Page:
6. Copying applications from the file servers or hard drive is not allowed.
    7. Saving of personal data on the hard drive is not allowed and will be deleted.
    8. Computers are not to be sued by students or faculty for commercial gain.
    9. Altering the software/hardware configuration on the machines will result in disciplinary action against the offender.
    10. All Computer Lab users must use respect of the lab facility and other users when printing, especially from the Internet.   Don’t  print  unnecessary documents.  Limit your printing to what is needed for your classes. Please, no multiple copies without prior approval of the Computer Lab supervisor.
    11. Computer Lab consultants are available to assist with basic computer problems.
    12. Absolutely NO CELL PHONE conversations in the Computer Labs.
    13. Keep your passwords to yourself.  Change your password right away if you think someone else may know it.
    14. Do not save your work to the hard drive – use you Jump Drive or other storage device. (Unauthorized file and programs will be routinely removed.)
    15. Collaborative work and quiet conversations are allowed.  (Please be considerate.  Refrain from loud talking, laughter or music.)
    16. During high demand for computers, there will be no personal or recreational uses of equipment.  (This ensures that students have an opportunity to access the computers for course work.)

    Computer lab patrons are required to comply with the University and the Department of Pan-African Studies Computer Lab Rules of Conduct.  Lab consultants have responsibility for enforcing these rules, and will notify lab users if they are in violation.  Failure to comply with these rules may result in removal from the labs, loss of computing privileges, disciplinary review, or other disciplinary actions.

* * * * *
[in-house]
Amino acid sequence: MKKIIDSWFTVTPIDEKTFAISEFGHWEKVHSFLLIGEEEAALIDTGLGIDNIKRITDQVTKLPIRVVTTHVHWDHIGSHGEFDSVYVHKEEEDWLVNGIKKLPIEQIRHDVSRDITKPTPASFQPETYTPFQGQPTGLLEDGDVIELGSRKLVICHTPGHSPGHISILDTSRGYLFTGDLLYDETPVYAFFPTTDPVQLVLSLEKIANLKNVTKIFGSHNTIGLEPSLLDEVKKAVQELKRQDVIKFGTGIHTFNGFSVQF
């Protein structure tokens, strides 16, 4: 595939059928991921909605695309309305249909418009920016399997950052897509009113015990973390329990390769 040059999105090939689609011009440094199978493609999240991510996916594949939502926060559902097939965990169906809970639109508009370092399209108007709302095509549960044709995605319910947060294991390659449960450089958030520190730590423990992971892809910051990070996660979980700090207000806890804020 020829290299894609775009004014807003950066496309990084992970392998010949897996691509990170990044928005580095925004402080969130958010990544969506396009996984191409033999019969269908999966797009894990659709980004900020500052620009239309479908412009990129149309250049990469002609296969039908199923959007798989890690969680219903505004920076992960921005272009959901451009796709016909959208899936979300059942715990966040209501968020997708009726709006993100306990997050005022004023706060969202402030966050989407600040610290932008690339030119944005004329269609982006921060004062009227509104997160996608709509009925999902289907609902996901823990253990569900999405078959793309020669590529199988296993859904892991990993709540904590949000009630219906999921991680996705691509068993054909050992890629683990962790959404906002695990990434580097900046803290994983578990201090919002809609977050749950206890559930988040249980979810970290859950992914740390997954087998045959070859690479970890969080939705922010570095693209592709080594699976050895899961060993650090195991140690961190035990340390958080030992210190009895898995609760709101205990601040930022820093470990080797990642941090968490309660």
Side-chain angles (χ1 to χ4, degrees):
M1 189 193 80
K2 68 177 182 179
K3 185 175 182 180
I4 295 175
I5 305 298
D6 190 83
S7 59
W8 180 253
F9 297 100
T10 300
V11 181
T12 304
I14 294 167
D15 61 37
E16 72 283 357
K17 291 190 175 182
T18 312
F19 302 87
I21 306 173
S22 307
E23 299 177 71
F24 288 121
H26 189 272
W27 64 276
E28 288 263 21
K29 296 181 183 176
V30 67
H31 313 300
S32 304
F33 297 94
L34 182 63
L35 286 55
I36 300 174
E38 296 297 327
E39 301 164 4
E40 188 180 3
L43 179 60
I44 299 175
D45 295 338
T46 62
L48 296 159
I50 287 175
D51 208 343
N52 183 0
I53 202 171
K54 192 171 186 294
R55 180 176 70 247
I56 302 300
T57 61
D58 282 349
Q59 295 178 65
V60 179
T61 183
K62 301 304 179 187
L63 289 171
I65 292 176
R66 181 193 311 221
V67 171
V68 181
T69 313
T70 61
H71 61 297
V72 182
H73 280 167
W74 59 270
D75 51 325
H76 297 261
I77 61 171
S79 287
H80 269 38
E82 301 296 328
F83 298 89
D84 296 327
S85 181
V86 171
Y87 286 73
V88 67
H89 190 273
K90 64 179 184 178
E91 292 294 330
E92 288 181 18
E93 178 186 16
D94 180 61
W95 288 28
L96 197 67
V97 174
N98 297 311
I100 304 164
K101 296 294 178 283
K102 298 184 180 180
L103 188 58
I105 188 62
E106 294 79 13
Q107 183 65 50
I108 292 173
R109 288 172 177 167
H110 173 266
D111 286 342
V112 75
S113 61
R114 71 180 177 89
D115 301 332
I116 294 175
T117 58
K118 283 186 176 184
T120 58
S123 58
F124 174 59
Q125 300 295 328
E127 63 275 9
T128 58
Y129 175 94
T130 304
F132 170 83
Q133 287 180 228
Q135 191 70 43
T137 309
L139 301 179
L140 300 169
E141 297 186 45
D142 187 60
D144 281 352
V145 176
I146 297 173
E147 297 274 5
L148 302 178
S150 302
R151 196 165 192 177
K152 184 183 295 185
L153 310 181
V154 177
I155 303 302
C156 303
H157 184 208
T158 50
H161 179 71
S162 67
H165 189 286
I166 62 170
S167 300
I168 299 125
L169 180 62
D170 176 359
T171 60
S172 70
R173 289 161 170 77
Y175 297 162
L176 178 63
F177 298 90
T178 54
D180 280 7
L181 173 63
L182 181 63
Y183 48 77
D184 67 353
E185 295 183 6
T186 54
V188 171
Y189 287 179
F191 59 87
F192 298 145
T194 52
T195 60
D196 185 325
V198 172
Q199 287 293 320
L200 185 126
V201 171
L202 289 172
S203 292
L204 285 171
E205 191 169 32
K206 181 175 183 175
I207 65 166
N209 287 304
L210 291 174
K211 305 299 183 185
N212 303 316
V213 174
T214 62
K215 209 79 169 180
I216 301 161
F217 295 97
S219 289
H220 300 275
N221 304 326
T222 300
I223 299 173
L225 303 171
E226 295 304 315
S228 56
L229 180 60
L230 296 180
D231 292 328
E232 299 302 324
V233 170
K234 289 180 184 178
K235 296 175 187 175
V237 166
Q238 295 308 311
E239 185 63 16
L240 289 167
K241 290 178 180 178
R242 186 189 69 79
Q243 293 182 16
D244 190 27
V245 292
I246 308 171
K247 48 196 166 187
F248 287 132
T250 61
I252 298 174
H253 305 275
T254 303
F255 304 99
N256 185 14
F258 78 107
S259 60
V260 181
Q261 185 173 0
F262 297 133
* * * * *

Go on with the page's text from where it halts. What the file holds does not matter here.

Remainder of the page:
Failure to Comply

    If anyone refuses to comply with the established policies, that person will be asked to leave the building.  If the individual refuses to leave the building, the police will be called and that person will be escorted out of the building.


    • Academic Computing is not responsible for any lost, misplaced or stolen items.
    • Academic Computing is not responsible for any lost or damaged disks, files, or data.
    • Computers may crash so be sure to save your data often.
    • Lab Attendants, Proctors, or Supervisors bear no responsibility for lost or damaged information if they attempt to remove a virus from your files or fix a damaged disk.


  9. Student Organizations Office Suite

    This suite of offices houses our primary student organizations who are members of the CPAC-Student Advisory Council.  The purpose of the council is to foster a strong sense of unity, communication and programming among our student organizations and the Center of Pan-African Culture.